What reform and how can we achieve it? These are questions which have been asked on this blog repeatedly when it comes to demands for changing the means of electing our representatives. So what impact will be had by Gordon Brown’s announcement that Labour intend to pursue primary legislation before the General Election ensuring a referendum on the Additional Vote system?
Short term electoral advantage seems to be the order of the day, with a sop to the Lib-Dems and a potential wedge between a Tory minority government and a potential Lib-Dem coalition.
Overall, like Sunny, I doubt it will have much effect, though for different reasons. There are good and bad things to be said about most of the proposed systems, but no application of any of them anywhere in the world has been shown to make politicians less corrupt, more inclined to listen to people, less accessible to a business and political elite etc.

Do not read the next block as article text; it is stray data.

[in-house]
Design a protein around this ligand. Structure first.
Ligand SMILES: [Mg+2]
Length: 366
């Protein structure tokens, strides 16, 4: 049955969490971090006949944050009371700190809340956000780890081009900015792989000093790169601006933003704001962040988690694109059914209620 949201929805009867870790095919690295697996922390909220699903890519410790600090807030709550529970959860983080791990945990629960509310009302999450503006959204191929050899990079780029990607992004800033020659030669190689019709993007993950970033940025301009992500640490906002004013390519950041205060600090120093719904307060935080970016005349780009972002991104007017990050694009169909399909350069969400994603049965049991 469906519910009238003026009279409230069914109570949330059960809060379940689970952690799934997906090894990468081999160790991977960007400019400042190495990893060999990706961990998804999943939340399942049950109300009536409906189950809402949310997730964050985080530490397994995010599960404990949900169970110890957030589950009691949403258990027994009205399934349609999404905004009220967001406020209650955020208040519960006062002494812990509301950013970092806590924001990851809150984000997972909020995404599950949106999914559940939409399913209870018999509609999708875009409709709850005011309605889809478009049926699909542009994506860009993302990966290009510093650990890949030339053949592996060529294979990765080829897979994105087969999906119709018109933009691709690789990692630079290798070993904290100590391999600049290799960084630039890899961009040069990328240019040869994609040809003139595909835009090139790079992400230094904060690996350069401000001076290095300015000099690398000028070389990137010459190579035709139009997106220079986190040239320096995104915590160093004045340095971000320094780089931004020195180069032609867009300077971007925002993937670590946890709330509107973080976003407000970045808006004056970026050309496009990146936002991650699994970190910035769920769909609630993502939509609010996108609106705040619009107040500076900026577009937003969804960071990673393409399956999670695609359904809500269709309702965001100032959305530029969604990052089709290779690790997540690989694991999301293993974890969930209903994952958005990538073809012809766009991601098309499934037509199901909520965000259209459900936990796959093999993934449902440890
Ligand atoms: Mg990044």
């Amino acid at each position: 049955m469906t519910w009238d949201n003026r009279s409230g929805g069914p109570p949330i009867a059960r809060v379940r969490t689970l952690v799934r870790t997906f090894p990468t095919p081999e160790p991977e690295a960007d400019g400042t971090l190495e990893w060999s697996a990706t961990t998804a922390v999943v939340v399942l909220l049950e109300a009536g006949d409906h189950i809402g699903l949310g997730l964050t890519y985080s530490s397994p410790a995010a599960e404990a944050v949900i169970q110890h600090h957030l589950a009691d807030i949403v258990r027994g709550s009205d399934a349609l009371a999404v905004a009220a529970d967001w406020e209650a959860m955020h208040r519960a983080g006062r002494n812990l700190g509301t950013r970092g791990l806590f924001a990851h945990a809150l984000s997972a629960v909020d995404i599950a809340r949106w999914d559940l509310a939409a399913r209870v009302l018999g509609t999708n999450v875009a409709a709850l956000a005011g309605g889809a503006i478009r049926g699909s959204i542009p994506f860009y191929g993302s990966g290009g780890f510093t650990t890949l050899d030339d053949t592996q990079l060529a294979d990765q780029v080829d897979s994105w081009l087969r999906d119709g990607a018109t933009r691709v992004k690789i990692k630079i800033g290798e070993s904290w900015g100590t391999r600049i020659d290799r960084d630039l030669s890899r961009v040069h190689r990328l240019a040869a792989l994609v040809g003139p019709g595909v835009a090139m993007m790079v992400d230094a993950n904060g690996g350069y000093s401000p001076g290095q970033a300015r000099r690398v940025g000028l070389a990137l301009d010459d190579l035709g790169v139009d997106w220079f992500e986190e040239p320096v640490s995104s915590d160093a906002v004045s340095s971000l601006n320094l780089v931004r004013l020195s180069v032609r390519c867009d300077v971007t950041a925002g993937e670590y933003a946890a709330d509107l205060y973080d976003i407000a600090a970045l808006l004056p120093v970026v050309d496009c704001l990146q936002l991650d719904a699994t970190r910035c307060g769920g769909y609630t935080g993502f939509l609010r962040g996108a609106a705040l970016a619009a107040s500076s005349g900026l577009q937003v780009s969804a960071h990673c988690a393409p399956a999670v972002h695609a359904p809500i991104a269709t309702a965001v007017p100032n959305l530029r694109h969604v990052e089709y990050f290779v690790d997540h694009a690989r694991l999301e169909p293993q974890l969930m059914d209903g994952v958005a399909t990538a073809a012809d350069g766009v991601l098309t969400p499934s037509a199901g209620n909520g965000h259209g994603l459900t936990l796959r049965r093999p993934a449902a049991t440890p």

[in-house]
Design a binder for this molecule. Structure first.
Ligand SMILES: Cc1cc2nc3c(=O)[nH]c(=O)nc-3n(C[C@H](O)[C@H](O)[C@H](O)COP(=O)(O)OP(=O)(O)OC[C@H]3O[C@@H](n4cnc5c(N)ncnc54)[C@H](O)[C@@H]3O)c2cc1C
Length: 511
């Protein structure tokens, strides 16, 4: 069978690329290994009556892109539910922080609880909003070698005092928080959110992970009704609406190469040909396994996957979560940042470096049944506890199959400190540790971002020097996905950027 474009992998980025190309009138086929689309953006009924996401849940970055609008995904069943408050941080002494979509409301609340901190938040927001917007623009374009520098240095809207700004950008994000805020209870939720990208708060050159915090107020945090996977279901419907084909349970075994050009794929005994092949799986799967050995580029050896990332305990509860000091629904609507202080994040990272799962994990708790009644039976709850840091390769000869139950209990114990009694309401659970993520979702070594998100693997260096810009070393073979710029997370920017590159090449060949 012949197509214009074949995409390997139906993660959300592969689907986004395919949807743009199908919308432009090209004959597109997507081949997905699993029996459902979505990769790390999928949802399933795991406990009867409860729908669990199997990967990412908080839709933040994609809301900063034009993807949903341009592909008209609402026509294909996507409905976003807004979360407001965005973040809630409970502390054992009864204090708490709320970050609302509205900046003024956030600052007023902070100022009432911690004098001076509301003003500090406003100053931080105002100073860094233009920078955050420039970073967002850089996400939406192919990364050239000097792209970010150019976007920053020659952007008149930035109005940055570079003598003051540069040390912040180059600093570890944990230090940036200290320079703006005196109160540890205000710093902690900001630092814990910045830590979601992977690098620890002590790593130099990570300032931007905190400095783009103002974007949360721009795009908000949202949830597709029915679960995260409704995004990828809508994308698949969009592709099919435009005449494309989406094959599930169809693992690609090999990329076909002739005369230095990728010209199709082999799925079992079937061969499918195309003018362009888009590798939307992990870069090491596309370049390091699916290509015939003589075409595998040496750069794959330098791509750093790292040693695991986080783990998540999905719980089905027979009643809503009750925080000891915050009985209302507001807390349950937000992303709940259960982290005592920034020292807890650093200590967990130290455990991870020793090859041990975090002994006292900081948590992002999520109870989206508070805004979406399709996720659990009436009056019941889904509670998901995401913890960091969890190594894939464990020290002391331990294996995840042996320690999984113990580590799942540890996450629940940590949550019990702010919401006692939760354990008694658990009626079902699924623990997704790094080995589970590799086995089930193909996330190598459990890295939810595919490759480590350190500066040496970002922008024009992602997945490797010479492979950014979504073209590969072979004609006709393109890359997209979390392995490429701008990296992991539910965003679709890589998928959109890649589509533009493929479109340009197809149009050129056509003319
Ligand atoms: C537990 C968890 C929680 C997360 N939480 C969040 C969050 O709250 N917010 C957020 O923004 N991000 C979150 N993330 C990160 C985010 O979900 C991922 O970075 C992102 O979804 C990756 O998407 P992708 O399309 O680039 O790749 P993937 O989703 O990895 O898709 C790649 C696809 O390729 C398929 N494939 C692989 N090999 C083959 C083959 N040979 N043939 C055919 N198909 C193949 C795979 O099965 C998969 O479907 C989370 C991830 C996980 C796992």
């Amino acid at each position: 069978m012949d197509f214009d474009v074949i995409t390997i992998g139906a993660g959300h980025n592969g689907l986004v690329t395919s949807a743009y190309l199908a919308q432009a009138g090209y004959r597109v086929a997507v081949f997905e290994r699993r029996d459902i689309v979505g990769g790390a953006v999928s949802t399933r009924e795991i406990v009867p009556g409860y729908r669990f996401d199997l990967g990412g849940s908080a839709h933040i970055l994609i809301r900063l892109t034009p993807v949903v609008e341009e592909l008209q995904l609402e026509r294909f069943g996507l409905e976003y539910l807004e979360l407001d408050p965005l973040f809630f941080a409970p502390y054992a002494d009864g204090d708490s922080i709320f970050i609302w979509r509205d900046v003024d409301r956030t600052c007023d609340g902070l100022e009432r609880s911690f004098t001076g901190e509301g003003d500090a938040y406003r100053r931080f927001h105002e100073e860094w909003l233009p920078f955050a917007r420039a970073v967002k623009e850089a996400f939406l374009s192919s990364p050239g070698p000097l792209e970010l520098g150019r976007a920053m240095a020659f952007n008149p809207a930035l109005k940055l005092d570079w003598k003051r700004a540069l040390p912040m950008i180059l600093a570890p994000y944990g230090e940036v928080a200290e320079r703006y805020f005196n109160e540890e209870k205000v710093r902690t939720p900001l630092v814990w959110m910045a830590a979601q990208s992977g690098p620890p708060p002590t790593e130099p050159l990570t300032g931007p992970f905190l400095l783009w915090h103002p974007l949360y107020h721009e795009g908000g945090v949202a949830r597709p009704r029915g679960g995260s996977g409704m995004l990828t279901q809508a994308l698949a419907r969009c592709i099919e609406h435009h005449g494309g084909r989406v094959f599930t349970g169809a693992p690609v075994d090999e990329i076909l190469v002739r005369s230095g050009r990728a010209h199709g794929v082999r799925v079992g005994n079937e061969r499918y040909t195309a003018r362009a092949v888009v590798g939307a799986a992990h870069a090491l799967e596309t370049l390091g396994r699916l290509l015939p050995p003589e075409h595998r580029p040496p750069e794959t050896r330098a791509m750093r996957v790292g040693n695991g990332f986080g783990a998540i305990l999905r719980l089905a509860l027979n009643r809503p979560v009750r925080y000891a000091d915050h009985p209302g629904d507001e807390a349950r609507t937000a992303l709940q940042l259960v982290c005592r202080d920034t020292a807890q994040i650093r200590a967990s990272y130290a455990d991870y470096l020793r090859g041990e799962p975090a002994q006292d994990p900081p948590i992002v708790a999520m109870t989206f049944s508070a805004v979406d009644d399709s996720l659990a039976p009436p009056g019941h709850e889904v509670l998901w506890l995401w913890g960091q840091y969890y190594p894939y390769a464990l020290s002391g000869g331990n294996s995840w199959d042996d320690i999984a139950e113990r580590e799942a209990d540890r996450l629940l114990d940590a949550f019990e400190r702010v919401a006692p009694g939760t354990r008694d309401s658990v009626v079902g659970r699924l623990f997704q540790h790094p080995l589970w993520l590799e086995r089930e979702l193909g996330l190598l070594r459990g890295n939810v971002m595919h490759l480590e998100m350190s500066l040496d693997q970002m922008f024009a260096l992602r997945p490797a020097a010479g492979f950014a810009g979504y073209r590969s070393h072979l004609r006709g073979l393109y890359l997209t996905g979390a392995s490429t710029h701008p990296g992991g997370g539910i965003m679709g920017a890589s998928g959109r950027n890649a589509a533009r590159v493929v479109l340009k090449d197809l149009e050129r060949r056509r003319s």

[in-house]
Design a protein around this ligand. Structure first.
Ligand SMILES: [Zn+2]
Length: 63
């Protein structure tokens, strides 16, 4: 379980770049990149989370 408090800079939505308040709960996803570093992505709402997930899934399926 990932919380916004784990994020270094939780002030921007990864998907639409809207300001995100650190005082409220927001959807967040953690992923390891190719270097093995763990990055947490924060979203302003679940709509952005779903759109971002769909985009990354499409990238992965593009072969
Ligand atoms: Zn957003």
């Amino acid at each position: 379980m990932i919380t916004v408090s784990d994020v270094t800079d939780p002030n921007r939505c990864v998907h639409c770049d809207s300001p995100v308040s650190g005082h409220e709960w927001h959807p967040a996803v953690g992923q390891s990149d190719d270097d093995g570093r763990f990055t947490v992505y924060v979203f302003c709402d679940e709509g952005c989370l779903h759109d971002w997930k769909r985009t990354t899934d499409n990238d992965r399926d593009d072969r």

It is naive, in my view, to believe that AV will re-establish faith in the current system. It is routinely cited by pressure groups and columnists that the last Labour government was handed a massive majority with only 36% of the vote, but I don’t really see how playing with numbers until someone in each constituency has more than 50% makes the result any more legitimate.
One would think the whole concept of having a first preference will mean that this is the person you want elected; if he or she is not elected, then are you not going to be disappointed? In any case, each MP having 50%+1 of the vote doesn’t increase engagement by the millions who don’t vote, and it won’t increase the legitimacy of governments that act to harm the interests even of those who elected them.